At the value end of the new van sector, the LDV EV30 electric van was revealed at the 2019 CV Show. It is effectively a more affordable Chinese rival to the Nissan e-NV200 – the industry knows vans will have to go electric as soon as possible, to bypass ever-stricter city centre emissions limits. It will go on sale in 2020, with prices expected to start from £22,000.

Two bodystyles will be offered, a short-wheelbase and long-wheelbase, and there will be two battery options: 35 kWh (with a 127 mile range) and 53 kWh (offering a 200 mile range). Both will use a 114 horsepower electric motor, and total payload ranges from 600 kg to 1 tonne.  

Isuzu D-Max Arctic Trucks AT35 Safir

Isuzu D-Max Arctic Trucks AT35 Safir

The British pickup truck sector is a particular hot spot in the market right now – and several brands had new variants to show. Isuzu’s successful partnership with Arctic Trucks continues with the special edition AT35 Safir. Just 10 will be sold, each costing a cool £45,000. They’ll all be individually numbered, and each will be painted in Sapphire Blue Mica. Bright Lazer Lights in the bumper are complemented by a new roof-mounted light bar, alloy wheels are diamond-cut and, inside, leather seats and premium audio with subwoofer and a 9-inch touchscreen are fitted.

Mitsubishi Shogun Sport SVP

Mitsubishi Shogun Sport SVP

Mitsubishi showed a Shogun Sport concept at the 2019 CV Show, called SVP. It’s going to launch it in the summer – its show stand appearance was to get feedback from customers about what should be standard. The concept has black 18-inch wheels and BF Goodrich all-terrain tyres; they’re so chunky, the track is 40 mm wider and the wheelarches have been extended to suit. There’s also an LED light bar on the roof, PIAA rally driving lamps, black decals and badges set off by red detailing and, inside, leather seats and red LED mood lighting. We also like the sound of the Walkinshaw Performance Limited and Koni tuned suspension. Can we have it all please, Mitsubishi?

Ford Ranger Raptor

Ford Ranger Raptor

The Shogun Sport SVP will need to be tasty if it’s to take on Ford’s mighty Ranger Raptor. Described as a factory-built high-performance off-road truck, it has Fox Pro tuned suspension, multiple driving modes, a 210 horsepower 2.0-litre diesel engine and 10-speed automatic gearbox. It’s the styling both outside and in that really sets it apart, though – as it should, with prices starting from £40,696, plus VAT.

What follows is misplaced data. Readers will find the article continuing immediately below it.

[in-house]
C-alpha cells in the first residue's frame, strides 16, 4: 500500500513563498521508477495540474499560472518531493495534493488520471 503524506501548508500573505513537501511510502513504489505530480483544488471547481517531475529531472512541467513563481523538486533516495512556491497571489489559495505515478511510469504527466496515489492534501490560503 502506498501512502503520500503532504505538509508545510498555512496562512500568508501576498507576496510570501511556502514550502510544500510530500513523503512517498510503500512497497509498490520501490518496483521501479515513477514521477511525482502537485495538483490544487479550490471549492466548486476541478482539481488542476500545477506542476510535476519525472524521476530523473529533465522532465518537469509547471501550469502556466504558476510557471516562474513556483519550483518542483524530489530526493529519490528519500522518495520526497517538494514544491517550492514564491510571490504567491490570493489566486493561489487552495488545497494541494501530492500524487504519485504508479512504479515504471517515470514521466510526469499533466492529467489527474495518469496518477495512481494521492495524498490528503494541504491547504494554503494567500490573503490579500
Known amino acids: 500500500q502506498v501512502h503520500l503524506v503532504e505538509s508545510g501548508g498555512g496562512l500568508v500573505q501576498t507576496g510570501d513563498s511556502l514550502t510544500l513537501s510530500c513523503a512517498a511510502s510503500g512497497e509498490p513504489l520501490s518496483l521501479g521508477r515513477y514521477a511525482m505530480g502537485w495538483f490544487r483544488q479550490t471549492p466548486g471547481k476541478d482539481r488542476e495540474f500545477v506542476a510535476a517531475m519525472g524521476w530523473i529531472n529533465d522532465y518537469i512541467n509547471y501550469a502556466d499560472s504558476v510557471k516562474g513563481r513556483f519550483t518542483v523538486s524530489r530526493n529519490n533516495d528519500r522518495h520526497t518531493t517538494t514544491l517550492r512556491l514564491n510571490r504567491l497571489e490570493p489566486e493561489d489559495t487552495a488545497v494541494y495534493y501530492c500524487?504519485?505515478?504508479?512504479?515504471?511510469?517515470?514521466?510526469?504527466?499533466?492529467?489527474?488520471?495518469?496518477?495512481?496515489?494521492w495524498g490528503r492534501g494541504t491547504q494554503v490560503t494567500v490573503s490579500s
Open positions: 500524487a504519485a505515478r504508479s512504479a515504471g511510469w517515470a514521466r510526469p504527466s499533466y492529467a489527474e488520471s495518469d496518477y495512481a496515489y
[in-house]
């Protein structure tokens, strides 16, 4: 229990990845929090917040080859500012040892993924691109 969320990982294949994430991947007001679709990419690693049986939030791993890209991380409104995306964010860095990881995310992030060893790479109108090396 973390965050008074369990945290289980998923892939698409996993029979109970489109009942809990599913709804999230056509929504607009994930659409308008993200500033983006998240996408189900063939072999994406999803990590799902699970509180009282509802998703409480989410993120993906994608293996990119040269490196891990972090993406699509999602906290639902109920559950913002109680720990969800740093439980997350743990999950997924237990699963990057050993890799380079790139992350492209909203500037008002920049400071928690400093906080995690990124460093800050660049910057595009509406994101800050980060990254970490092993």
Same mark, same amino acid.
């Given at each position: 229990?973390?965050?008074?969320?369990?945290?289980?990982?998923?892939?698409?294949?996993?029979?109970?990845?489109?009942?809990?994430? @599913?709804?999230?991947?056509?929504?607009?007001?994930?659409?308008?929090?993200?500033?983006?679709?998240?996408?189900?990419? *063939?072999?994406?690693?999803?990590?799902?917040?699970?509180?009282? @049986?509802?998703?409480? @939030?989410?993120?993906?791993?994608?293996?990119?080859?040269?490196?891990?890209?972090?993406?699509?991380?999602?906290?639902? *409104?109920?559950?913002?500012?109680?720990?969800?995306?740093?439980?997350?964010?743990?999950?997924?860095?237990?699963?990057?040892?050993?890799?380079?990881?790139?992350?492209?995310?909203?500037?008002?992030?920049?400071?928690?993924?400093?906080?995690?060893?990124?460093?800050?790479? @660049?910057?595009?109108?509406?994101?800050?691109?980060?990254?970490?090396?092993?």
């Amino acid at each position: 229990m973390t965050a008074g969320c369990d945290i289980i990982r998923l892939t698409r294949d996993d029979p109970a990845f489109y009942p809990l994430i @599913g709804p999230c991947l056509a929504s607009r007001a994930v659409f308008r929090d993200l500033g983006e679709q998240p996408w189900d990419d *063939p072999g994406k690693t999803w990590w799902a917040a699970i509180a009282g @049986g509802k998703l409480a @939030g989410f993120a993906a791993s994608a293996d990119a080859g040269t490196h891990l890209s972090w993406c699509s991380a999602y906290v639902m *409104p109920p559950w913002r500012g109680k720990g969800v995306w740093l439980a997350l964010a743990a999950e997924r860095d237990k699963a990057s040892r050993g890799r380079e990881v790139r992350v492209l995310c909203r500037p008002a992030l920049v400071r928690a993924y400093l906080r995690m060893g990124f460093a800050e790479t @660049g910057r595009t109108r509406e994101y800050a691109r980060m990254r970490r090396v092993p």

Toyota Hilux Invincible X

Toyota Hilux Invincible X

The updated Toyota Hilux Invincible X isn’t as aggressive as the hot Ranger Raptor, but it’s still more standout than regular Hilux. 18-inch wheels have a two-tone machined finish, there’s liberal use of smoked grey chrome, and the interior boasts an all-black colour scheme and piano black trim. A full suite of active safety kit is standard on 2019 models, too.

Toyota Proace City

Toyota Proace City

The long-running Toyota Proace van is being joined by a smaller sibling, the Proace City. The 2019 CV Show marked its global debut ahead of taking on Europe’s small van sector, which accounts for 1 in 3 CV sales. If the looks are familiar, that’s because it’s been developed with PSA, so is also sold as the Citroen Berlingo, Peugeot Partner and Vauxhall Combo.

Toyota Proace City Verso

Toyota Proace City Verso

There’s a passenger version of Toyota’s new small van too, called the Proace City Verso. This is available with three rows of seats in both short-wheelbase and long-wheelbase guise.

Volkswagen e-Crafter

VW e-Crafter

Volkswagen was showing off the e-Crafter large van, which is coming to the UK in right-hand drive in 2021. This one has a 136 horsepower power output and a 35 kWh lithium ion battery, good for a range of 107 miles. Importantly, load space is unaffected by the batteries, so it can carry 10.7 square metres of load – and the total payload is up to 1.75 tonnes.

Volkswagen Abt e-Caddy

VW Abt e-Caddy

Volkswagen is planning to base its electric vans on its upcoming ‘MEB’ electric architecture. This isn’t ready yet – but it has a solution. Long-time VW tuning company Abt is, with official approval, converting current-generation vans to run on electric. The first to arrive is the Abt e-Caddy, which comes later in 2019. A range of around 140 miles sounds pretty good to us – and the conversion barely affects load capacity either.

Volkswagen Crafter Police cell van

VW Police cell van

The Volkswagen ‘Engineered to Go’ customisation service is gathering pace in the UK. It relaunched earlier this year to offer high-quality, officially-approved conversions through Volkswagen UK van centres. This Police cell van apparently has toughened glass: one visitor asked if they could throw a brick at the windscreen to try it out. Presumably into the back of the van they went…

Citroen Relay Electric

Citroen Relay Electric

PSA, parent company of Peugeot and Citroen, is another brand committed to electrifying its van range. At the 2019 CV Show, it previewed electric versions of both the Citroen Relay…

Peugeot Boxer Electric

Peugeot Boxer Electric

… And the Peugeot Boxer. Standard length models will have a range of 141 miles, and longer versions will run for 169 miles between charges.

Mitsubishi Outlander PHEV Commercial

Mitsubishi Outlander PHEV Commercial

The London ULEZ has focused business attention on cleaning up their van range. For those who want to eschew diesel entirely, but aren’t yet ready to go fully-electric, Mitsubishi has the Outlander PHEV Commercial, a van version of Britain’s most popular plug-in electric car.

SsangYong Musso Highways England concept

SsangYong Musso Highways England

SsangYong is now an official supplier to England’s ‘blue and orange light’ services. On display at the show was an early look at a collaboration it will soon announce with Highways England.